ETS/SBL Sessions Relating to Logos, Part 3

Two of our own Logos staff are making additional presentations at the ETS/SBL meetings. The presentations listed in this third post are not Logos-related, per se, but we want to support Mike and Rick in what they’re doing “on the side”. :-)

Dr. Mike Heiser, Ph.D., is presenting two papers at ETS. They are both based on his dissertation and discuss the relationship between certain aspects of early Israelite theology, New Testament/Early Church theology, and contemporary controversies. One of Mike’s research interests is questions surrounding the divine council and monotheism in the Old Testament.

I mentioned Rick Brannan’s Logos-related ETS presentation in Part 1 of this series of posts, but he’s also presenting a paper on biblioblogging at SBL. Biblioblog denotes a blog devoted to discussions of the Bible. Rick started Ricoblog over a year ago and PastoralEpistles.com in February 2005. His presentation will relate his experiences in setting up and maintaining these blogs, and present ideas for how to overcome some biblioblogging obstacles.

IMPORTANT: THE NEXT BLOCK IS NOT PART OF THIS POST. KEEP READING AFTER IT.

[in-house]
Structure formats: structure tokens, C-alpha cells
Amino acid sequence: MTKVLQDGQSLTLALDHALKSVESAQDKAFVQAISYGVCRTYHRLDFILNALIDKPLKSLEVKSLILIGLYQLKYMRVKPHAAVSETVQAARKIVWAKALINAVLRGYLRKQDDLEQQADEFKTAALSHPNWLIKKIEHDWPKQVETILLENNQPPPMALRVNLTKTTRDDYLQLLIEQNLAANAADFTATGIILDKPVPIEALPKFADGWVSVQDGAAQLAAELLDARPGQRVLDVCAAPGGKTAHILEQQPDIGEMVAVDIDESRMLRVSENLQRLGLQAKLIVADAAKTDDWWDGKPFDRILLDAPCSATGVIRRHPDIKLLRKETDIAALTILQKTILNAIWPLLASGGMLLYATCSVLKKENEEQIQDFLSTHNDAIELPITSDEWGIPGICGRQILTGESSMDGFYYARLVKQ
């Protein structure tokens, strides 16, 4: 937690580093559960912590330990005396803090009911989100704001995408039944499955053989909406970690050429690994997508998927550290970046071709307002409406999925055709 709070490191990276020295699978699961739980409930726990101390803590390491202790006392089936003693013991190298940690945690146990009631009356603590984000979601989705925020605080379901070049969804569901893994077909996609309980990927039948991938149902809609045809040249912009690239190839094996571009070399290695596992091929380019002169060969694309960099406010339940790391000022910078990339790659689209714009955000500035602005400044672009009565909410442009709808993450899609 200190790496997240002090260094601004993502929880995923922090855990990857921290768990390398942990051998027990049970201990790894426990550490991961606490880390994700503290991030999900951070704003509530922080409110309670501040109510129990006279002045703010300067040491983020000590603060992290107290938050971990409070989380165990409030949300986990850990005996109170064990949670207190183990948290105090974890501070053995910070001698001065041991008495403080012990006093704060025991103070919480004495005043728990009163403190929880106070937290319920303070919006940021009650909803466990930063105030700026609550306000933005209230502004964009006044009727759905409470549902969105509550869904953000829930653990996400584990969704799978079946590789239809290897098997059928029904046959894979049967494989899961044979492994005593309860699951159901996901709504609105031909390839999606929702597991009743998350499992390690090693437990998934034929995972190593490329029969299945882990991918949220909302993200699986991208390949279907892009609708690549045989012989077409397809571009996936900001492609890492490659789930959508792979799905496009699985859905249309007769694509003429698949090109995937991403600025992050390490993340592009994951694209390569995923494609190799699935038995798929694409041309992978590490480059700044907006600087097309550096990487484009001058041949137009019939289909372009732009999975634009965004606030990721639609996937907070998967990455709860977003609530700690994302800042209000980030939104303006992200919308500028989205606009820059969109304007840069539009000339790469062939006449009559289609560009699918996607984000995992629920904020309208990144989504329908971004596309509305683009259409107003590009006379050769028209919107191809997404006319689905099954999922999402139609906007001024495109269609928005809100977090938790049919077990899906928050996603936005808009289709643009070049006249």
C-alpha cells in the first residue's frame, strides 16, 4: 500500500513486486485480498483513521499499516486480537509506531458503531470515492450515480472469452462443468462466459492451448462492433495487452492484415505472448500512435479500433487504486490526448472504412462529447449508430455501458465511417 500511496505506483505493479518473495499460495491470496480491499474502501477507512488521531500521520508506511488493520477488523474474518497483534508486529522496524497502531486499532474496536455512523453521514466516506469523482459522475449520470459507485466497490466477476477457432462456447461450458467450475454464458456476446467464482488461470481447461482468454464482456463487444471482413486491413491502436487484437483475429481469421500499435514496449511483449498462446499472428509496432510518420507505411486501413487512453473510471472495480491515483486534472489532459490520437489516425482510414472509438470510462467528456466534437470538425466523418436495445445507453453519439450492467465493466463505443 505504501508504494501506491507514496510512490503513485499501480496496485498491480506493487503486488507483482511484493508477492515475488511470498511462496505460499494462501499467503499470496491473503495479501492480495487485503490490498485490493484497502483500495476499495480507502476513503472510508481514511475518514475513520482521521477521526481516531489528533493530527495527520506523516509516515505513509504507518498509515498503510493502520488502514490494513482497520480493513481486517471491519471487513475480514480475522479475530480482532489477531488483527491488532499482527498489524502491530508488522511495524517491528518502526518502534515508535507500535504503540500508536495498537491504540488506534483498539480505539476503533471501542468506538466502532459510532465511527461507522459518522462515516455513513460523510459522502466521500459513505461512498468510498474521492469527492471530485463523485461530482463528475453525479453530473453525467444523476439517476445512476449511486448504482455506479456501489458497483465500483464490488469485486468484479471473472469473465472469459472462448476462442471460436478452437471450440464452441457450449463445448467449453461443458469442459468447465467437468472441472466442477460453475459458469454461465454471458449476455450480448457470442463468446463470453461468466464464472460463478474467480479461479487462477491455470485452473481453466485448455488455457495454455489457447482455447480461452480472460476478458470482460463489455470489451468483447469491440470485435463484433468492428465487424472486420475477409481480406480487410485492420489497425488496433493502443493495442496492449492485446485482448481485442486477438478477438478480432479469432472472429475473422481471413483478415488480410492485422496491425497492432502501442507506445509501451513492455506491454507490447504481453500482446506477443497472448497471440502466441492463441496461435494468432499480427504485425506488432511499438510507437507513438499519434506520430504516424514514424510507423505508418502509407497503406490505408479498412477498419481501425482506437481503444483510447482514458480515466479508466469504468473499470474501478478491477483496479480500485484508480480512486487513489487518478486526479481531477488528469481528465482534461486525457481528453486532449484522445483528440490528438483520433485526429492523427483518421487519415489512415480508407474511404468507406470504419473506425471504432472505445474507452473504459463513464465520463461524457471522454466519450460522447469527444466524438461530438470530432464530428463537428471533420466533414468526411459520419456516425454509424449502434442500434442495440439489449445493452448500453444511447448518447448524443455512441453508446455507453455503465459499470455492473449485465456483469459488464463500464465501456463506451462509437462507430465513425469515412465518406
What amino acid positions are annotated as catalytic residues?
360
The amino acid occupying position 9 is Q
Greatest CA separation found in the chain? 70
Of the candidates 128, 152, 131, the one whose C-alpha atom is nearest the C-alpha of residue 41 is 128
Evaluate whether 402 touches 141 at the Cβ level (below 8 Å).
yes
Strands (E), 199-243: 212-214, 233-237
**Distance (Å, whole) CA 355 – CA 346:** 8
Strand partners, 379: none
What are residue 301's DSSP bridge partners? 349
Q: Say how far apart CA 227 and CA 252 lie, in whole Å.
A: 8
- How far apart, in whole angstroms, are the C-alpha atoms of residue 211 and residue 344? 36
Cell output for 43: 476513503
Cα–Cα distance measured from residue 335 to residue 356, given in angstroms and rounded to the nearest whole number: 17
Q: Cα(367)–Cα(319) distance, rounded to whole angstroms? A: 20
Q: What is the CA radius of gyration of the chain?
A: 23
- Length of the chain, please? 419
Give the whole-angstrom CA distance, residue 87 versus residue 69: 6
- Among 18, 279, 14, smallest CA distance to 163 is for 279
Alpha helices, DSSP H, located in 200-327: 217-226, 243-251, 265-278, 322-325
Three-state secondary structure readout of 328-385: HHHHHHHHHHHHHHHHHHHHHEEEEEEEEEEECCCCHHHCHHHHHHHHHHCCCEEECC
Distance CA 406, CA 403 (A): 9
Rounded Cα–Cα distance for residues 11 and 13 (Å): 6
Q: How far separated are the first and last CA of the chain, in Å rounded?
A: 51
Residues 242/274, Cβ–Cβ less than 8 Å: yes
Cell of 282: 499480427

Highlighted titles are presented by Logos staff.
ETS
Open Session: Bible, Both Testaments
Radisson Bryn Mawr
Thursday, November 17, 2:10 – 6:10 pm
Ellis R. Brotzman, Moderator; Tyndale Theological Seminary
2:10 – 2:50 pm
Yahweh, the Sons of God and the Monogenes Son of God, Yahweh’s Hypostatic Vice Regent: The Divine Council of Israelite Religion as the Foundation of High Christology and Heterodox Christologies
Michael S. Heiser, Logos Research Systems

This paper is based in part on the author’s dissertation.
Several passages in the OT depict God presiding over a council of divine beings referred to as his sons (bene ha-)elohim / bene )elim). Explicit parallels between these passages and the material from Ugarit are well know. The divine council of ancient Ugarit had a clearly-defined “vice regent” office – the position of Baal under El. Israelite religion retained the vice regency position, but in the Israelite system, various hypostases of Yahweh filled that position, allowing Israel’s council to have two heads, both of the same essence.